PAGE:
Poverty in Malawi

I ventured out late this afternoon for another International Week session titled, “Gender, Education and the HIV/AID Pandemic in Rural Malawi.” Presenting were Dr. Anne Fanning, a retired physician, and Rachel Maser, who just recently returned from a ten-month volunteer stint in Malawi with Engineers Without Borders.

Dr. Fanning began the session with a whirlwind twenty minute PowerPoint presentation meant to provide a framework and overview of the factors involved in poverty, including the necessity of infrastructure, good governance and access to education. While the content was there, I wish there had been more time for depth – her spiel can best be likened to a Blender Blaster of statistics, charts, graphs, maps and fact lists. I think she may have made some assumptions that the audience was more familiar with the material than we actually were (or, it may have just been me), and breezed through it without a pause. It’s evident she’s extremely knowledgeable (she is one of the leading experts on TB), so I can only hope to be able to hear her speak again on a future occasion (an exasperating fact – though condom use is not as prevalent in Africa as it should be, Dr. Fanning noted a statistic that an able-bodied, sexually-active man in Africa only has access to an average of fourteen condoms a year).

Rachel also referred to PowerPoint slides, and on them included many pictures she took while in Malawi. Working through EWB, but with an organization called ActionAid, her objective focused on girls’ education. One of her projects while there involved organizing a day where young girls were able to listen to positive role models working in professional jobs, and then job shadow some of those women on the following day. She came away with the sense that more had to be done to change the perception that the domain of the female was in the home. One interesting point – Malawi, at least in the southern part of the country where she was stationed, is quite well connected by cell phone. She talked about how the technology was revolutionizing the way people did business. For instance, a farmer could receive a text message with the current market price for grain, and then decide whether or not a trip to town would be worth it.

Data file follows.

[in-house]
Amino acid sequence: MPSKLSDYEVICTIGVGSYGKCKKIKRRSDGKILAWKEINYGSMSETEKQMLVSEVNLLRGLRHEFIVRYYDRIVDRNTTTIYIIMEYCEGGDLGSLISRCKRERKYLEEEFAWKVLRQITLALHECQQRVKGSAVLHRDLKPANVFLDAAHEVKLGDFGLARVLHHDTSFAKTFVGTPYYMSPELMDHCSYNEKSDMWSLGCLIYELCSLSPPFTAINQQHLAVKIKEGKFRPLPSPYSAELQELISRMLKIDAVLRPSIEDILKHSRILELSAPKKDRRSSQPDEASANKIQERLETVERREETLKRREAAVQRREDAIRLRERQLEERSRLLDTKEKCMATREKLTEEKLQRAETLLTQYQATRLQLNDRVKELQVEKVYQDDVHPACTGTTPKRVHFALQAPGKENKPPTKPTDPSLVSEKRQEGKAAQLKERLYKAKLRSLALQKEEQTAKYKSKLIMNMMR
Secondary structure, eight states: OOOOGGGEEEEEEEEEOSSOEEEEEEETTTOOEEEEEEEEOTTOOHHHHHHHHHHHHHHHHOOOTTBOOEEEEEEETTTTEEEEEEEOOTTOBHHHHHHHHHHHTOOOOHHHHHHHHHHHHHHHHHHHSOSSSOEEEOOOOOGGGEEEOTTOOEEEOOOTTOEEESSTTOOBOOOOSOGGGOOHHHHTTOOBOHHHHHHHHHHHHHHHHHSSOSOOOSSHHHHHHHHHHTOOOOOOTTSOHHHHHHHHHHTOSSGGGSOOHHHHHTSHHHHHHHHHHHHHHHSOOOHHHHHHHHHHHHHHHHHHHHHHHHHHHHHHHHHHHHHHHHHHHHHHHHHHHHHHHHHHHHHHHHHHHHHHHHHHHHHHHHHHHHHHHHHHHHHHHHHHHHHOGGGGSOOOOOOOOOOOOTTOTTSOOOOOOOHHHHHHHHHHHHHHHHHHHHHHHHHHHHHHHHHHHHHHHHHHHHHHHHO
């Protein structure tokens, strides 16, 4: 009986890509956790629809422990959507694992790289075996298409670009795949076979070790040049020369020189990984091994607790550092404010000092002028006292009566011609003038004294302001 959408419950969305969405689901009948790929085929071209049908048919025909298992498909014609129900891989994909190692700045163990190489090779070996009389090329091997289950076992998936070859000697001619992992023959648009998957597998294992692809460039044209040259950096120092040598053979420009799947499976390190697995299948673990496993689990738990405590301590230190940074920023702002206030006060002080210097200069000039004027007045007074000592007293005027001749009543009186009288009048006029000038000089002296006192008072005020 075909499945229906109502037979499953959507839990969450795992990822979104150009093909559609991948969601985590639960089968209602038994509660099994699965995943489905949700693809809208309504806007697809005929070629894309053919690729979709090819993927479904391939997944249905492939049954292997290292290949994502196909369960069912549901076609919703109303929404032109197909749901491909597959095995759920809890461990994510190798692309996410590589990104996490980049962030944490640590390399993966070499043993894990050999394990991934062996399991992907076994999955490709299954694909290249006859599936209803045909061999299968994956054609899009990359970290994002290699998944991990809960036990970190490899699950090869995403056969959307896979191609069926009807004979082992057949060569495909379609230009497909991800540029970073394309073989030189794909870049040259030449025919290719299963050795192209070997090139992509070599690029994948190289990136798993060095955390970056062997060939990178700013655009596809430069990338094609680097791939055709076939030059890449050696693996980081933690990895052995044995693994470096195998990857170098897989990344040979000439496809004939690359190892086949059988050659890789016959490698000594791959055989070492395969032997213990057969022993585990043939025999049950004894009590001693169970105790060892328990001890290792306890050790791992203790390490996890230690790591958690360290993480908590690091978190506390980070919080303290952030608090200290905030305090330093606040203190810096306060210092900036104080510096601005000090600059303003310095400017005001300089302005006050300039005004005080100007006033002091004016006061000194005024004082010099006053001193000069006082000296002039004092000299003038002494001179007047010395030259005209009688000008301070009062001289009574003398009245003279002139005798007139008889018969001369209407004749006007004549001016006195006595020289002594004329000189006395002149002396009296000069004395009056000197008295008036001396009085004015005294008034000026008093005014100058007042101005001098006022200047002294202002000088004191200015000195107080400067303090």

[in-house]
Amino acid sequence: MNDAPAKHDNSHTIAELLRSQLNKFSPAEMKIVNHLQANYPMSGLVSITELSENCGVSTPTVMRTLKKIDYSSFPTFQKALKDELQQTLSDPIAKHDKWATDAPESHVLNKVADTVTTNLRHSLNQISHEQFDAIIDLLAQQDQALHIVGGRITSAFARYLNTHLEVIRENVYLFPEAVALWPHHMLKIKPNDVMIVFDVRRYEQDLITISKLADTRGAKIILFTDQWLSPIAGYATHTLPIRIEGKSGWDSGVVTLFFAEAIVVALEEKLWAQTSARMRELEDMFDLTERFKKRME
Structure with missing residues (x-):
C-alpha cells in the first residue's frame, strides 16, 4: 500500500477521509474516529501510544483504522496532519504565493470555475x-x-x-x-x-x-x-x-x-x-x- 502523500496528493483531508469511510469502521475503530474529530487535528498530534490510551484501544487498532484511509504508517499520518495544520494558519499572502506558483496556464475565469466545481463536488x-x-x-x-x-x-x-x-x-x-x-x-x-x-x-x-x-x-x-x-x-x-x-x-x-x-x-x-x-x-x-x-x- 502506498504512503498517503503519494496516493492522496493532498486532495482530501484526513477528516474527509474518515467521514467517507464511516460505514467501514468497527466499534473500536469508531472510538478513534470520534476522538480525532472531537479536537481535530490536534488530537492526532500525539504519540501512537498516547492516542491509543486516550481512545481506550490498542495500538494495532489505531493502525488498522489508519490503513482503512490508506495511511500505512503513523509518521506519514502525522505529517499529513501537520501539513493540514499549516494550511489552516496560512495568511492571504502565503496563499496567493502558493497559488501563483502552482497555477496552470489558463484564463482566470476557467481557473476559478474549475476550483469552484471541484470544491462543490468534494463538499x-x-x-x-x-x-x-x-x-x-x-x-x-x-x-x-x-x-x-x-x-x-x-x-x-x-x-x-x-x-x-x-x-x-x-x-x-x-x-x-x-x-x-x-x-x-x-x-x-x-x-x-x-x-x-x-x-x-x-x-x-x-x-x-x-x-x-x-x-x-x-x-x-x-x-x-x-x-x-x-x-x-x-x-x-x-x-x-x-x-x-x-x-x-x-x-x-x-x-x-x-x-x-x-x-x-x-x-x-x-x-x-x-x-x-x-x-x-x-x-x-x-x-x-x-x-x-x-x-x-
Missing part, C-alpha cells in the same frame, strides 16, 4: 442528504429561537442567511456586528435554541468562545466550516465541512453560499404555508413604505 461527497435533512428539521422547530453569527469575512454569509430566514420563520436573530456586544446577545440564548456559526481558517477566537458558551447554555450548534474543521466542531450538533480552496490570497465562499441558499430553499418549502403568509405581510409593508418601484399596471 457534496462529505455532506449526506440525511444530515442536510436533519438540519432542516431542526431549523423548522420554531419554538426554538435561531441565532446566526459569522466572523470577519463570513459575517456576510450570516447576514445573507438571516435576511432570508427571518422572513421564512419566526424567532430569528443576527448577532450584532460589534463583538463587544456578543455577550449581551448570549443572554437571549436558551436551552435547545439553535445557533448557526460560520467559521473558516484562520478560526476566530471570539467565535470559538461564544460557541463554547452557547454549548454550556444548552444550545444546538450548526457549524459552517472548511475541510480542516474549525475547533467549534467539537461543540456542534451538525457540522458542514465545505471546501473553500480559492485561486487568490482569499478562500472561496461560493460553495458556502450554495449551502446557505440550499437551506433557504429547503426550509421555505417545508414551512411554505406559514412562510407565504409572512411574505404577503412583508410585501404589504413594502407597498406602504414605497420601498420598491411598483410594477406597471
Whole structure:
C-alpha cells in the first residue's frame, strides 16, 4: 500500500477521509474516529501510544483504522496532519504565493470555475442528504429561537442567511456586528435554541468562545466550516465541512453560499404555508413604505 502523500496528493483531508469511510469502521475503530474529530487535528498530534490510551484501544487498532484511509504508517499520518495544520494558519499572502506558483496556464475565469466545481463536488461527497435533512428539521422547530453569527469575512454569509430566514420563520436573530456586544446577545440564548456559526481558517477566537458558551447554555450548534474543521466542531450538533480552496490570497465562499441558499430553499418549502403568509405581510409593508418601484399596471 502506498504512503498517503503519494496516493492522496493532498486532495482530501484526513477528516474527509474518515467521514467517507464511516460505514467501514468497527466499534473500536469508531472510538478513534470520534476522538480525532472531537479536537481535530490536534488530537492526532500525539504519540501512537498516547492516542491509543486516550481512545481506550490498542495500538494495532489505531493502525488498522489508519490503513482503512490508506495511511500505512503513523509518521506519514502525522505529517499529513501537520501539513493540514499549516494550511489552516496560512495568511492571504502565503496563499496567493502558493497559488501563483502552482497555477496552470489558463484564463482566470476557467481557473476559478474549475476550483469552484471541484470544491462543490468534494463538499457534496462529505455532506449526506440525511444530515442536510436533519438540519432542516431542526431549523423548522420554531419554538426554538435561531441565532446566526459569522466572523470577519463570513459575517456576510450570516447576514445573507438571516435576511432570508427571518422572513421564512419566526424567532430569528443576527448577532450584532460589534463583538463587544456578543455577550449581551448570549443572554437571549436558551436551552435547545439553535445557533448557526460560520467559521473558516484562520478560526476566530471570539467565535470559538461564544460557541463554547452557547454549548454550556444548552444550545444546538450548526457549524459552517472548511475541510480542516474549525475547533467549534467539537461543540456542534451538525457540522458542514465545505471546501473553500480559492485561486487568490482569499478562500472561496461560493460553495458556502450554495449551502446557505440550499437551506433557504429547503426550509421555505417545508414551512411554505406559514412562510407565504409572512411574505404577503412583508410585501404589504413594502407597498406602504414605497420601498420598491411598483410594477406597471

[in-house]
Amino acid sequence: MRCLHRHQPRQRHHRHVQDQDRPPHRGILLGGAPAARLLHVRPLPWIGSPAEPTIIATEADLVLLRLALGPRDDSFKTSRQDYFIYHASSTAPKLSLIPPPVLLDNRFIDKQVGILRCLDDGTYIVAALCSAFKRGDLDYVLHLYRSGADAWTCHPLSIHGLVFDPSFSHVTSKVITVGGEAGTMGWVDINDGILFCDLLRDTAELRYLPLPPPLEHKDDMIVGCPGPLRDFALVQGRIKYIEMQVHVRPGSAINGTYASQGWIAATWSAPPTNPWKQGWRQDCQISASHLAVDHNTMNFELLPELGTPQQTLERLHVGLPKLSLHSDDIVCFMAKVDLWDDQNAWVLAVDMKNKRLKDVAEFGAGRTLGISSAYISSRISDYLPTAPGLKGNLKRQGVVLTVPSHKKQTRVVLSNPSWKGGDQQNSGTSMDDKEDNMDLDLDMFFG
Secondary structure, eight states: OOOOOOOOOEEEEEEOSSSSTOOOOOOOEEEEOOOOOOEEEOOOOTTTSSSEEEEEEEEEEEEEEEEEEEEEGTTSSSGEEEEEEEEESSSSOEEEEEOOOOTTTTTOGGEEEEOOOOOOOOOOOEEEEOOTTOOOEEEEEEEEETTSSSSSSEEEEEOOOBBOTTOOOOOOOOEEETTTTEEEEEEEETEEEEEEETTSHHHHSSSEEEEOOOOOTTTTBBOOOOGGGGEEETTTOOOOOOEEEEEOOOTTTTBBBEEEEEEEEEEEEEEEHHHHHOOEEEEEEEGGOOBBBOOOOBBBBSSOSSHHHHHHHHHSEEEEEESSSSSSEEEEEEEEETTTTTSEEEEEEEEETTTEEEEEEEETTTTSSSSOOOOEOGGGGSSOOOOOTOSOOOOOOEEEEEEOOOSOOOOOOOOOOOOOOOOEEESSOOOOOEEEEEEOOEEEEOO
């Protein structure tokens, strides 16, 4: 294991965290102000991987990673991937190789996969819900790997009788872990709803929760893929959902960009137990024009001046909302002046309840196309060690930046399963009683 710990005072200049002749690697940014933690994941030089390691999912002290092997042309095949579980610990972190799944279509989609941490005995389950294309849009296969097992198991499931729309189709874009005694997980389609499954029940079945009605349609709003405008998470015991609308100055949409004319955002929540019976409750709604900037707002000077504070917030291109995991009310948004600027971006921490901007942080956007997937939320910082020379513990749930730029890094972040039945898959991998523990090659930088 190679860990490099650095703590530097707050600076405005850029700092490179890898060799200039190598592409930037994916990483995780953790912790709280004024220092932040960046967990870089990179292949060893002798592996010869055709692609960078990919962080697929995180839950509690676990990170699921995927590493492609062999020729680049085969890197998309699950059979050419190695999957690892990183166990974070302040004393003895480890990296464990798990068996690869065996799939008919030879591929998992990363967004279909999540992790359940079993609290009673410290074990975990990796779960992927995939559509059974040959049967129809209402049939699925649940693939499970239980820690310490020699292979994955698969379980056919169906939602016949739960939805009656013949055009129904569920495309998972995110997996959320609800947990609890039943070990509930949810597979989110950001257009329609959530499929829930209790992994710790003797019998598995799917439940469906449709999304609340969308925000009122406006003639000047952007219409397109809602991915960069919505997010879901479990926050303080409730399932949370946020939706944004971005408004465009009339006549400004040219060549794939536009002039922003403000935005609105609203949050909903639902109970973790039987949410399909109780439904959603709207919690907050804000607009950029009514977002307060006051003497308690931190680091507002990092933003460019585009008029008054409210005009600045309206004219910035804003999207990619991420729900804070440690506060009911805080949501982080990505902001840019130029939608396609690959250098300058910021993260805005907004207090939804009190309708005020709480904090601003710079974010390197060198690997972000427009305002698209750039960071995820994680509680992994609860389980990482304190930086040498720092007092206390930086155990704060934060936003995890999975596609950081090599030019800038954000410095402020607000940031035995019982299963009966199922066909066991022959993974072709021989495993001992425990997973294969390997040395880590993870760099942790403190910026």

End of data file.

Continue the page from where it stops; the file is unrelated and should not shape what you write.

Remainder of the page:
In all, it was great to be able to hear perspectives of those who have worked and lived in the field.

Ronald Wright: “The Traps of Progress”

After months of self-flogging as punishment for missing Stephen Lewis’s keynote address in 2006, I made sure to take time out of my regularly scheduled workday this afternoon to attend Ronald Wright’s opening lecture for the University of Alberta’s annual International Week.

Wright’s address was excerpted from his award winning Massey Lecture, A Short History of Progress. Drawing extensively from history and in particular, literary references, he provided an overview of the human population explosion, with the dire warning that the earth cannot sustain growth at such exponential levels.

In all honesty, a forty-five minute talk can only be expected to skim the surface, and Wright didn’t have the time to go much further than the exposition of facts and quotes spanning two millennia. Because of this, I ended up paying more attention to his oratorical style.

No doubt, Wright has an ear for language and cadence (for example, a clever insertion of the descriptor “softened” following a sentence on Viagra), and as expected of a novelist, had many quotable phrases (e.g. “the new religion of the bottom line”). Still, I was a little disappointed that he mainly read from the page, and hardly wavered from his written word.